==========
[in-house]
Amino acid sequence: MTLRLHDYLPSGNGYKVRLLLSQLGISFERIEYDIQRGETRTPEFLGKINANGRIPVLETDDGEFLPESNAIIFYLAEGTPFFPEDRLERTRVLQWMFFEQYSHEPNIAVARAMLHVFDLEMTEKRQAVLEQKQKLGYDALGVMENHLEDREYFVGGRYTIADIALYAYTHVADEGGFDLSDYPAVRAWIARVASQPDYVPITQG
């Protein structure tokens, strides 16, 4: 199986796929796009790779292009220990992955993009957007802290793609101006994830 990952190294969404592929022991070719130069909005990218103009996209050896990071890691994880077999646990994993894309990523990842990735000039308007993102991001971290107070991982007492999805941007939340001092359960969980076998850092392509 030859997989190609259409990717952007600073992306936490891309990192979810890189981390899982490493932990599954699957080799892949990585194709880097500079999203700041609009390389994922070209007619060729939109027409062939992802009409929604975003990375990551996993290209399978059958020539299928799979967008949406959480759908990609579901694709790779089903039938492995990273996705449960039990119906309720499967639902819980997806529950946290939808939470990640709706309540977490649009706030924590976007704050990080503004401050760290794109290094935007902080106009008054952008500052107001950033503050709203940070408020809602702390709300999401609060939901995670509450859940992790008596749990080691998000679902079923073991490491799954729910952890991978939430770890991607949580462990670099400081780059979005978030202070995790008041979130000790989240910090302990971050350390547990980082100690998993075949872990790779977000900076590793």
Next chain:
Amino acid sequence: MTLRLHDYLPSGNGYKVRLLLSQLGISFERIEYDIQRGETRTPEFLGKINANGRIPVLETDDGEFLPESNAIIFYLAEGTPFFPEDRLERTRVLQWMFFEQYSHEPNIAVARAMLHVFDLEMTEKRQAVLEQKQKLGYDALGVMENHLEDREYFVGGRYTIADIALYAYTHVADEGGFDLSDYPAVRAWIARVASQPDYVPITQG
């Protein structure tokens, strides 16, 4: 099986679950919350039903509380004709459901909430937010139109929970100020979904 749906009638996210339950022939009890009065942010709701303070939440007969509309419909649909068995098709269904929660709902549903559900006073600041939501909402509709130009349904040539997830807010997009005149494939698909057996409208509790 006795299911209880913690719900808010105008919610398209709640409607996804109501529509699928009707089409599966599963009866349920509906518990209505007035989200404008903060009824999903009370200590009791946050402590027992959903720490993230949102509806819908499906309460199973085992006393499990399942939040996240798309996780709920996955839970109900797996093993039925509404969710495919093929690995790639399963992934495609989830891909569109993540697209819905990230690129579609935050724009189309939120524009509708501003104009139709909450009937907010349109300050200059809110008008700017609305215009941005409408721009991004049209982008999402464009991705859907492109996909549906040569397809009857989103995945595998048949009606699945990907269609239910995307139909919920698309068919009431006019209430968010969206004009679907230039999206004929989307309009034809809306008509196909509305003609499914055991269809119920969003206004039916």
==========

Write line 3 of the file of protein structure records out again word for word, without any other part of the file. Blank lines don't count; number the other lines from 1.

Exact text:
């Protein structure tokens, strides 16, 4: 199986796929796009790779292009220990992955993009957007802290793609101006994830 990952190294969404592929022991070719130069909005990218103009996209050896990071890691994880077999646990994993894309990523990842990735000039308007993102991001971290107070991982007492999805941007939340001092359960969980076998850092392509 030859997989190609259409990717952007600073992306936490891309990192979810890189981390899982490493932990599954699957080799892949990585194709880097500079999203700041609009390389994922070209007619060729939109027409062939992802009409929604975003990375990551996993290209399978059958020539299928799979967008949406959480759908990609579901694709790779089903039938492995990273996705449960039990119906309720499967639902819980997806529950946290939808939470990640709706309540977490649009706030924590976007704050990080503004401050760290794109290094935007902080106009008054952008500052107001950033503050709203940070408020809602702390709300999401609060939901995670509450859940992790008596749990080691998000679902079923073991490491799954729910952890991978939430770890991607949580462990670099400081780059979005978030202070995790008041979130000790989240910090302990971050350390547990980082100690998993075949872990790779977000900076590793």